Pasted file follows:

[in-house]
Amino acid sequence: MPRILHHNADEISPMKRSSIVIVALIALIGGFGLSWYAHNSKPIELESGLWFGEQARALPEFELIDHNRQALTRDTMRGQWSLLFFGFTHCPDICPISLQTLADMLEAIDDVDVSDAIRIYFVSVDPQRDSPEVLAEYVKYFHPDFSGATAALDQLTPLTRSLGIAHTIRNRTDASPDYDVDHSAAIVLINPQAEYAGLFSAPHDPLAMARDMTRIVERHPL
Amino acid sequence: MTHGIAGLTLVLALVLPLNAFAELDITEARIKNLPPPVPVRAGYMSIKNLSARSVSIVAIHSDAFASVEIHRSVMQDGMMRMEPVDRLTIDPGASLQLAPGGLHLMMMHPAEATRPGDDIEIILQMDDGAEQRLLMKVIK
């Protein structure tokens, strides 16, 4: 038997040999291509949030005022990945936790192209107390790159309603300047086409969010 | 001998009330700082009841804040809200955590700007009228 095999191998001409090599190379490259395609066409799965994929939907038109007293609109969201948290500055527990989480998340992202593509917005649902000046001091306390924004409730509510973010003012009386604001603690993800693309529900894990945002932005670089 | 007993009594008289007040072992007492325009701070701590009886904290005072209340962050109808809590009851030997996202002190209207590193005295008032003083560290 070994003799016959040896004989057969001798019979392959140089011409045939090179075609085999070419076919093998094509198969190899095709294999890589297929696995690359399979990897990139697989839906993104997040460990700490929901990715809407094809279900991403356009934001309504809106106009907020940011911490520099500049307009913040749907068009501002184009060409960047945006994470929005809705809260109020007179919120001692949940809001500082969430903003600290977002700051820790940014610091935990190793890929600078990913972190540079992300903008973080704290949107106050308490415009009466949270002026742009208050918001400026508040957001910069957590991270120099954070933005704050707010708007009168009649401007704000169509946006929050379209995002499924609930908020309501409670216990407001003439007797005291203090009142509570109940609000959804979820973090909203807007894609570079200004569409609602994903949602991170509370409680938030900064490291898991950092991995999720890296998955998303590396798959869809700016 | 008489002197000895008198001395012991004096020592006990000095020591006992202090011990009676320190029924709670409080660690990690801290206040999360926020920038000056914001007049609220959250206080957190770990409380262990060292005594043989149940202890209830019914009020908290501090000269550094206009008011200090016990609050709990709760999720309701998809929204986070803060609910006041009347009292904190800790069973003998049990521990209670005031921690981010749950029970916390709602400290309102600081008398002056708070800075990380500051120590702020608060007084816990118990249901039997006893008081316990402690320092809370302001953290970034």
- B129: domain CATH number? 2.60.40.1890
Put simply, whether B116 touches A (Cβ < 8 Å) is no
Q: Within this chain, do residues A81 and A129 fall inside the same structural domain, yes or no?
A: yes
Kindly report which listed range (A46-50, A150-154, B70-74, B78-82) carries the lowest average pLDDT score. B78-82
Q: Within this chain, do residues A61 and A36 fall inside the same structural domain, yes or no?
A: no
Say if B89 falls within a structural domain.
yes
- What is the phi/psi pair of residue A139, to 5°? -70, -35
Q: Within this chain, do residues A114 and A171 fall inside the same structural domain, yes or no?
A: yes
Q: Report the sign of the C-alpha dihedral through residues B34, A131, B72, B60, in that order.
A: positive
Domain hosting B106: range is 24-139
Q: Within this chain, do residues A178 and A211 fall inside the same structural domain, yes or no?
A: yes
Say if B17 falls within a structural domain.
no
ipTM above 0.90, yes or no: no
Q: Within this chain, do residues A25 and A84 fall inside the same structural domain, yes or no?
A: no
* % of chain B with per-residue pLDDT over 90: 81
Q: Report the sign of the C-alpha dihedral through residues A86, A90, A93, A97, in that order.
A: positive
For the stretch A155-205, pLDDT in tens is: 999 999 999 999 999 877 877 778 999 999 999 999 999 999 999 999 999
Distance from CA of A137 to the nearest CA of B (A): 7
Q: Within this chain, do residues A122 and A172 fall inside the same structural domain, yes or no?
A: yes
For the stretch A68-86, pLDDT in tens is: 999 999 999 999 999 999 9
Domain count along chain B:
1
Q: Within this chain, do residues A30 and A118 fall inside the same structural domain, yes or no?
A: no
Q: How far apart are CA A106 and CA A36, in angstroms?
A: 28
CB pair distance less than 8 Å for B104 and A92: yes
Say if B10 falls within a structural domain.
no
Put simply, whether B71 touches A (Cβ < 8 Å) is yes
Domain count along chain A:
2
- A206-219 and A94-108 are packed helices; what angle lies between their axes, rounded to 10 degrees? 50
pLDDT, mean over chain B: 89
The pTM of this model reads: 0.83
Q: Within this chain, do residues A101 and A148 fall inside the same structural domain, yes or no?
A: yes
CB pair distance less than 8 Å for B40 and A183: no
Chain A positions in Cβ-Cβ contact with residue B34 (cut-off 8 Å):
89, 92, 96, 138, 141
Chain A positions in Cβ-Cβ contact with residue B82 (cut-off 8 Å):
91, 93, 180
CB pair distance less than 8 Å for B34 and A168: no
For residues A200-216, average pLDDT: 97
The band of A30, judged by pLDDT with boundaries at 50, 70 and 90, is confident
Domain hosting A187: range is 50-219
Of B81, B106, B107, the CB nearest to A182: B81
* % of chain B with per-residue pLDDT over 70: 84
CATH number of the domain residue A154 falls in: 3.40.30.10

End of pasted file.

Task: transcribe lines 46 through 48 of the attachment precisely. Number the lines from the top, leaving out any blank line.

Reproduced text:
2
- A206-219 and A94-108 are packed helices; what angle lies between their axes, rounded to 10 degrees? 50
pLDDT, mean over chain B: 89